According to the National Institutes of Health, people have used marijuana, or cannabis, to treat their ailments for at least 3,000 years. However, the Food and Drug Administration have not deemed marijuana safe or effective in the treatment of any medical condition, although cannabidiol, a substance that is present in marijuana, received approval in June 2018 as a treatment for some types of epilepsy.
Marijuana is being increasingly legalized in the U.S., but is it safe? This tension, between a widespread belief that marijuana is an effective treatment for a wide assortment of ailments and a lack of scientific knowledge on its effects, has been somewhat exacerbated in recent times by a drive toward legalization.
Twenty-nine states plus the District of Columbia have now made marijuana available for medical — and, in some states, recreational — purposes. A recent study published in the journal Addiction also found that use of marijuana is increasing sharply across the United States, although this rise may not be linked to the legalization of marijuana in participating states. Nevertheless, this rise in use is prompting major public health concerns.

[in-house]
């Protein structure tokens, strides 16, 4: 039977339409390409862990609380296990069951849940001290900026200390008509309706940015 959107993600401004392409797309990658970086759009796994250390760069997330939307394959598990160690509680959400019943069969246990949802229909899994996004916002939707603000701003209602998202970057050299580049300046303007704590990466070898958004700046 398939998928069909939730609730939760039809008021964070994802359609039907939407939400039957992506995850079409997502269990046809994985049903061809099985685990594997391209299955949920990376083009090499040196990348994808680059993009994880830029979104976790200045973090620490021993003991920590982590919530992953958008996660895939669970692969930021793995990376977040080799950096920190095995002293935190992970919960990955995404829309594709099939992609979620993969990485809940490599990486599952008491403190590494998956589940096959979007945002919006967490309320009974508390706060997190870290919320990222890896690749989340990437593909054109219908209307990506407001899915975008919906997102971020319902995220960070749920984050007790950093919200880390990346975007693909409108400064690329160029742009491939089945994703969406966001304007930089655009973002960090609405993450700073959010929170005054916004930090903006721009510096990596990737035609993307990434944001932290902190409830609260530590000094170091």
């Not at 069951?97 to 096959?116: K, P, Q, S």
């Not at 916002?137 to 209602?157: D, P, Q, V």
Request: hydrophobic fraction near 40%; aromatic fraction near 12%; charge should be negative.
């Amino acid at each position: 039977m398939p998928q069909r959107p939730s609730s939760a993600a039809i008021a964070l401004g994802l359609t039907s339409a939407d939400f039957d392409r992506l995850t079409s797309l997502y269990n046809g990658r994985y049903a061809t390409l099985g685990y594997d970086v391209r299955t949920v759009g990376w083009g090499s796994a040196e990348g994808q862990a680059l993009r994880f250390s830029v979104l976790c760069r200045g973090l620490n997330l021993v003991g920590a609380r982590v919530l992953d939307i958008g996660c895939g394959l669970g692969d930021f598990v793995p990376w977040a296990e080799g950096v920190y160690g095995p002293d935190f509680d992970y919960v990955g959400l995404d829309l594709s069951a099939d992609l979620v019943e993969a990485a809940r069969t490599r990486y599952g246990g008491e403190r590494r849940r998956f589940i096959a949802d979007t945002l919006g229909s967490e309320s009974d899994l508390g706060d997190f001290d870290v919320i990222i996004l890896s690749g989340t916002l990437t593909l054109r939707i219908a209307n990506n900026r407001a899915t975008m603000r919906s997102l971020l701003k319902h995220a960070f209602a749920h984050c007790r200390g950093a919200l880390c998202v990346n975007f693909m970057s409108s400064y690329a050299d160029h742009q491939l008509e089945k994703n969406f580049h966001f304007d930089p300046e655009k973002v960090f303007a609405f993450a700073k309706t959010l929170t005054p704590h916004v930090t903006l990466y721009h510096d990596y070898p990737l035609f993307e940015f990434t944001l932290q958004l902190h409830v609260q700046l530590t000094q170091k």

In this article, we look at the scientific evidence weighing the medical benefits of marijuana against its associated health risks in an attempt to answer this simple question: is marijuana good or bad?
Resourse: Medical News Today